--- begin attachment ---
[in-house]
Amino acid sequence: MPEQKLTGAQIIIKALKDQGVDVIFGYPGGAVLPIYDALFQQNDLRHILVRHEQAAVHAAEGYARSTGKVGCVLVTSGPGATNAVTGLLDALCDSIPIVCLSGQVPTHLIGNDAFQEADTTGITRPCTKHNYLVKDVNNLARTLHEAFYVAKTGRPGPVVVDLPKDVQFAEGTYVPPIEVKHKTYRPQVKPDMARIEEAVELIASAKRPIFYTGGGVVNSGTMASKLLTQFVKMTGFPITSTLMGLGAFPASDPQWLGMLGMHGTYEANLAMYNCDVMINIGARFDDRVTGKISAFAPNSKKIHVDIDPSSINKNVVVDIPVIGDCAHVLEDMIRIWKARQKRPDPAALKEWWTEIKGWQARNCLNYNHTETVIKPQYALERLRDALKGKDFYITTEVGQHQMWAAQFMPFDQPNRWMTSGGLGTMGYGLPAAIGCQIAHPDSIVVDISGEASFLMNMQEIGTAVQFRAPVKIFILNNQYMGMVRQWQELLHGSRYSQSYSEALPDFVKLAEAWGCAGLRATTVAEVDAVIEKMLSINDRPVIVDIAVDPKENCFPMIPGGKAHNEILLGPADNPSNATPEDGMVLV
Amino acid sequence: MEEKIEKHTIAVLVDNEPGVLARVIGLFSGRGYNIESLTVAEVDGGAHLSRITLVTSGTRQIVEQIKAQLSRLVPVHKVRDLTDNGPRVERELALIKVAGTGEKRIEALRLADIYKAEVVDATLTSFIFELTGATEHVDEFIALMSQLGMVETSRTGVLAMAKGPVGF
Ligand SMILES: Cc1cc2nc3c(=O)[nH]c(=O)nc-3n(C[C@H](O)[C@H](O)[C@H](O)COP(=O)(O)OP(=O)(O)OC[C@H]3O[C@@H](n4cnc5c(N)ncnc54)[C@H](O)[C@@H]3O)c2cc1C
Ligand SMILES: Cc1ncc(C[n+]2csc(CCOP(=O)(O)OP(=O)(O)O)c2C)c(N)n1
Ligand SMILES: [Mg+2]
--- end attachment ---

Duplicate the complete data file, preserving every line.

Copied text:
[in-house]
Amino acid sequence: MPEQKLTGAQIIIKALKDQGVDVIFGYPGGAVLPIYDALFQQNDLRHILVRHEQAAVHAAEGYARSTGKVGCVLVTSGPGATNAVTGLLDALCDSIPIVCLSGQVPTHLIGNDAFQEADTTGITRPCTKHNYLVKDVNNLARTLHEAFYVAKTGRPGPVVVDLPKDVQFAEGTYVPPIEVKHKTYRPQVKPDMARIEEAVELIASAKRPIFYTGGGVVNSGTMASKLLTQFVKMTGFPITSTLMGLGAFPASDPQWLGMLGMHGTYEANLAMYNCDVMINIGARFDDRVTGKISAFAPNSKKIHVDIDPSSINKNVVVDIPVIGDCAHVLEDMIRIWKARQKRPDPAALKEWWTEIKGWQARNCLNYNHTETVIKPQYALERLRDALKGKDFYITTEVGQHQMWAAQFMPFDQPNRWMTSGGLGTMGYGLPAAIGCQIAHPDSIVVDISGEASFLMNMQEIGTAVQFRAPVKIFILNNQYMGMVRQWQELLHGSRYSQSYSEALPDFVKLAEAWGCAGLRATTVAEVDAVIEKMLSINDRPVIVDIAVDPKENCFPMIPGGKAHNEILLGPADNPSNATPEDGMVLV
Amino acid sequence: MEEKIEKHTIAVLVDNEPGVLARVIGLFSGRGYNIESLTVAEVDGGAHLSRITLVTSGTRQIVEQIKAQLSRLVPVHKVRDLTDNGPRVERELALIKVAGTGEKRIEALRLADIYKAEVVDATLTSFIFELTGATEHVDEFIALMSQLGMVETSRTGVLAMAKGPVGF
Ligand SMILES: Cc1cc2nc3c(=O)[nH]c(=O)nc-3n(C[C@H](O)[C@H](O)[C@H](O)COP(=O)(O)OP(=O)(O)OC[C@H]3O[C@@H](n4cnc5c(N)ncnc54)[C@H](O)[C@@H]3O)c2cc1C
Ligand SMILES: Cc1ncc(C[n+]2csc(CCOP(=O)(O)OP(=O)(O)O)c2C)c(N)n1
Ligand SMILES: [Mg+2]